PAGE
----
A recent study determined the effect of reducing nicotine content gradually or immediately on the biomarkers of smoke exposure.
Earlier in 2018, the US Food and Drug Administration proposed a reduction of nicotine levels in various products. They aimed to elongate the time between an individual starting to smoke and dependence on nicotine. The proposition held several conflicts. One conflict was the potential for withdrawal symptoms. Immediate reduction of nicotine levels would cause regular smokers to experience withdrawal symptoms and rely on other sources to feed nicotine addictions, whereas a gradual decline in nicotine levels would prolong smoking cessation and continuously enable smoke exposure.
A study published by JAMA assessed the difference in the biomarkers of smoke exposure as a result of gradual nicotine reduction versus immediate nicotine reduction. The researchers conducted the study using 1250 participants across 10 locations within the US.
They randomly allocated each individual to one of the following categories: gradual nicotine reduction, immediate nicotine reduction, and a control group with regular nicotine intake. All participants were of legal age and identified as regular smokers consuming at least five cigarettes per day. Any individuals planning to quit smoking within the next 30 days were not included in the study.
The results were measured using primary outcomes such as expiration (outward flow of breath) and urinary content. The researchers also identified the number of cigarette-free days, white blood cell count, and total nicotine equivalents in urine. The study also considered factors such as the context of smoking, smoking intensity from cigarette filters, and intention to quit following the study.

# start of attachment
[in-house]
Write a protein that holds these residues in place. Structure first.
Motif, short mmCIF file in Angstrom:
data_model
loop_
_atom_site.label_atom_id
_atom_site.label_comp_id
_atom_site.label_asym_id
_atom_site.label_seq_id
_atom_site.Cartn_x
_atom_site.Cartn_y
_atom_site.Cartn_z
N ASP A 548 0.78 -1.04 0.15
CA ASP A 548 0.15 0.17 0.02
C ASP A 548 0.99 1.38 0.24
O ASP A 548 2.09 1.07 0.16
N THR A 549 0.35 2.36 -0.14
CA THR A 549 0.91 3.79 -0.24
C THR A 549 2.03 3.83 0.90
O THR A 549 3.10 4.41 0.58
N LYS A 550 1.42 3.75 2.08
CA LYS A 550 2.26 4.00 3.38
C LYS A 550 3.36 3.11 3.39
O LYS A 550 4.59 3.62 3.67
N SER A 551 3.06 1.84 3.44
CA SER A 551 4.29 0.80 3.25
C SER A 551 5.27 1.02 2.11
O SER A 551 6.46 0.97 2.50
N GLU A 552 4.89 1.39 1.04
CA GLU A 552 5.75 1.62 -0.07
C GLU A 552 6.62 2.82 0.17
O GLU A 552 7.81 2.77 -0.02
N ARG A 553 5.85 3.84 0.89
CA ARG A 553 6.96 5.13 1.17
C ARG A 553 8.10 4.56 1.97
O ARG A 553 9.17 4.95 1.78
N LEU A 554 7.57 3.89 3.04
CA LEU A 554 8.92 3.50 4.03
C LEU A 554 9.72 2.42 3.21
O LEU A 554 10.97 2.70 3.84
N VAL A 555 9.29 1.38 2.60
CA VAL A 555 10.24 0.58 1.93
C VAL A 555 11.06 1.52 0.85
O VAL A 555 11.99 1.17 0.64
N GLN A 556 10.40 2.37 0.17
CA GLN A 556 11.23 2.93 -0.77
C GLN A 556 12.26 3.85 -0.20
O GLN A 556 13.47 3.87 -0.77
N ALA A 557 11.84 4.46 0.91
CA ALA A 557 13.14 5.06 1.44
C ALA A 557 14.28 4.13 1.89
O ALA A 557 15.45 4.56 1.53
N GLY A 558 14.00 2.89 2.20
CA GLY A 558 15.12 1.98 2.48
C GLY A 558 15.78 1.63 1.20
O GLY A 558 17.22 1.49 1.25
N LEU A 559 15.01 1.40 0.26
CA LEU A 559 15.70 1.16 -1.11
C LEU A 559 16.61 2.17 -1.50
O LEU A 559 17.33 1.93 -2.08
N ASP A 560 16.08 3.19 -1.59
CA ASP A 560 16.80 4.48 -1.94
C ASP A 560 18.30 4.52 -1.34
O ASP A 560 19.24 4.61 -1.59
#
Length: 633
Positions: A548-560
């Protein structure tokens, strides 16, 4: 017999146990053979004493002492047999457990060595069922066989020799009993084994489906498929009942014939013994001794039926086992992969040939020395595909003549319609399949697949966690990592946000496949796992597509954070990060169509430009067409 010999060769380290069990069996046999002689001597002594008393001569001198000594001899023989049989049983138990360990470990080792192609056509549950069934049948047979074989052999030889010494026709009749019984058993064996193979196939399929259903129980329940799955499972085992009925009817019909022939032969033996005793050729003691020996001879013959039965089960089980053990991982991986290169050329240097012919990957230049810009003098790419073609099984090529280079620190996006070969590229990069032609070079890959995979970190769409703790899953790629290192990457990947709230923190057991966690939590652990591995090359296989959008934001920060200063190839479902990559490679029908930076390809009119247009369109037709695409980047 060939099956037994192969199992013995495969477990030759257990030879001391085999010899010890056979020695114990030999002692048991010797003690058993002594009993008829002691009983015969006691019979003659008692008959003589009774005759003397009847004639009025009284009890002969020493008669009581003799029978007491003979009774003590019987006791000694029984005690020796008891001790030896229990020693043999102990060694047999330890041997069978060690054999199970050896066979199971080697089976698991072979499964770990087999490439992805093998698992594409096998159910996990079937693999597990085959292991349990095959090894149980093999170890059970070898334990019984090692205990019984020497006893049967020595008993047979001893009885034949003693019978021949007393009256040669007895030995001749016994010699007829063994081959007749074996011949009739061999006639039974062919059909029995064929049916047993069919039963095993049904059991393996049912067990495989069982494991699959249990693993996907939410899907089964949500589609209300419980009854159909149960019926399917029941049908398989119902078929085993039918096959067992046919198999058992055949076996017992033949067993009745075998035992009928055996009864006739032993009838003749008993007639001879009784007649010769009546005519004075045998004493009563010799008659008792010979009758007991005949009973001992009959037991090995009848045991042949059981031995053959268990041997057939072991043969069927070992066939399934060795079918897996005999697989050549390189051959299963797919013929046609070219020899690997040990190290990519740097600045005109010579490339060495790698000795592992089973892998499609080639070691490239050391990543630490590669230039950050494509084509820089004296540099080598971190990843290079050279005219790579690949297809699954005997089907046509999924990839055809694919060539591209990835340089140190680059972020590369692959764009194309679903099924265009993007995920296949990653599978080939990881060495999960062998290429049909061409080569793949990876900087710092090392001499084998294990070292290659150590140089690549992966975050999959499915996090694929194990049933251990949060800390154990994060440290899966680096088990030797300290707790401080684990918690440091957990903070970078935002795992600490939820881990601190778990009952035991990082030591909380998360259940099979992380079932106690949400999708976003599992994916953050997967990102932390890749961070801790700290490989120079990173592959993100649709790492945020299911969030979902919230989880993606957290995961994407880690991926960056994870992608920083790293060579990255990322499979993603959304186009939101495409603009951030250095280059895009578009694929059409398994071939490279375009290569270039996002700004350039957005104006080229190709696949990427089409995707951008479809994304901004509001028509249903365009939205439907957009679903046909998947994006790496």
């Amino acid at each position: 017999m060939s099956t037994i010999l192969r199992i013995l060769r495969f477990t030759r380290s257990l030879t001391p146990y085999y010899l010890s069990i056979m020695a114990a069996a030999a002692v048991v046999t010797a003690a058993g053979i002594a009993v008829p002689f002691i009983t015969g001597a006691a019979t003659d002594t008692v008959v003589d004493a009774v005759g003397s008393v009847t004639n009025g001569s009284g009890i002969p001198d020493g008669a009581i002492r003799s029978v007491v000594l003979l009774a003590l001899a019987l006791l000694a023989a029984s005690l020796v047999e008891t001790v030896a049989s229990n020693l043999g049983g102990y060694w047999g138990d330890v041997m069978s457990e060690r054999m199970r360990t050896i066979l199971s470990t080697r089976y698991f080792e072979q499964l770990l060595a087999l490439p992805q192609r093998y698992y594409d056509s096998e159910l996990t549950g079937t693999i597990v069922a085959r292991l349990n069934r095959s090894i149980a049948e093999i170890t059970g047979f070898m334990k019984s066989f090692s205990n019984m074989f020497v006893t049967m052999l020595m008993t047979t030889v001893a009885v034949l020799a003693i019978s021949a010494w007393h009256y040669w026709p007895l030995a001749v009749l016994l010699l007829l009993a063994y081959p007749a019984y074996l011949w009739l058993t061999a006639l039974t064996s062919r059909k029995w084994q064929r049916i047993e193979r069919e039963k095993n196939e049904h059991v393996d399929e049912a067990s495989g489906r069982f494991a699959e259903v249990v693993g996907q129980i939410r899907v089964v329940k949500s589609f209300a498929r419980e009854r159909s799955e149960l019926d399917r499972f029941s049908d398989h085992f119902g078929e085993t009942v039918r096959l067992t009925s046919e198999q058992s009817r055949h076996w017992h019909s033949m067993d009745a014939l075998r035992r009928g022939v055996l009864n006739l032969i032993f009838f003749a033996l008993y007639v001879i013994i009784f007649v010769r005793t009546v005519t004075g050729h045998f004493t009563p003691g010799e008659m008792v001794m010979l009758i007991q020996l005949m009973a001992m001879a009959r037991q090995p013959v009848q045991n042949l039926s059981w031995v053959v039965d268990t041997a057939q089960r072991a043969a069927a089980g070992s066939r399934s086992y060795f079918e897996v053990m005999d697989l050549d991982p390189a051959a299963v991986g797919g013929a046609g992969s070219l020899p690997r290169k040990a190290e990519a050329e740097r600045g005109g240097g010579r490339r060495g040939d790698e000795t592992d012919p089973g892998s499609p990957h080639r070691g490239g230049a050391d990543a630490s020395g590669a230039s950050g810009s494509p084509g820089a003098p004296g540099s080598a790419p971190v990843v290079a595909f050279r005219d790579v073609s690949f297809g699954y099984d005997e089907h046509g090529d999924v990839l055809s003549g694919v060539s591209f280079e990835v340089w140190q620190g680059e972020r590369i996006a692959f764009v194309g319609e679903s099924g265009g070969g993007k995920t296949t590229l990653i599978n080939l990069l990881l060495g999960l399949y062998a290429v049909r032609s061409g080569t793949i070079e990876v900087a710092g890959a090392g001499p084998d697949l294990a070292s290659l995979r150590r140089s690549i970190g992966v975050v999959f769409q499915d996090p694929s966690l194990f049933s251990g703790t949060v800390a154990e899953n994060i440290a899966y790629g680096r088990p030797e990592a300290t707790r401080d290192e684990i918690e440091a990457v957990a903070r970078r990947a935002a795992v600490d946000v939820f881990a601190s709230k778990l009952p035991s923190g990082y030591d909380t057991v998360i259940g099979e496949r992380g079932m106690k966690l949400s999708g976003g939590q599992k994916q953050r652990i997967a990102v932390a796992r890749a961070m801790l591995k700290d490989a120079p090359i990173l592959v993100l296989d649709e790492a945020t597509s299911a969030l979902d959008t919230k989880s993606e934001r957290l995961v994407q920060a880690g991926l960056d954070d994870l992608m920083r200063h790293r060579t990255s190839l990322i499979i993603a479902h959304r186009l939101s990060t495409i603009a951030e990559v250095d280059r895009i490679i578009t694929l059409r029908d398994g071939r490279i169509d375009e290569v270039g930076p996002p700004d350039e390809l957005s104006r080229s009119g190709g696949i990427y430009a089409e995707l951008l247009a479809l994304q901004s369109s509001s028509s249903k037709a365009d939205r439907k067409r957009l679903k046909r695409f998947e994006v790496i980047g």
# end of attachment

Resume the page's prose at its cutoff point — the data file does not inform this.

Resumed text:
The study concluded that there was a visible decline in levels of toxicant exposure in individuals in the immediate reduction group. The gradual reduction group did not experience a significant decline in toxicant exposure. An immediate reduction in nicotine levels also showcased lower levels of toxicant exposure than a gradual reduction in nicotine levels.
The researchers provided cigarettes free of cost to the participants and collected data over 20 weeks. The monetary drawback of a smoking habit, along with the long-term effects of withdrawal symptoms, was outside the scope of the study and would likely affect these outcomes.
While the study presents a viable argument for implementing an immediate reduction in nicotine levels, a long-term follow-up study with a larger sample size and more controlled parameters would be required to create a strong case for reducing nicotine levels in products, such as low-nicotine cigarettes.
Written by Shrishti Ahuja, HBSc
Reference: Hatsukami, D. K., Luo, X., Jensen, J. A., Al’Absi, M., Allen, S. S., Carmella, S. G., . . . Donny, E. C. (2018). Effect of Immediate vs Gradual Reduction in Nicotine Content of Cigarettes on Biomarkers of Smoke Exposure. Jama, 320(9), 880. doi:10.1001/jama.2018.11473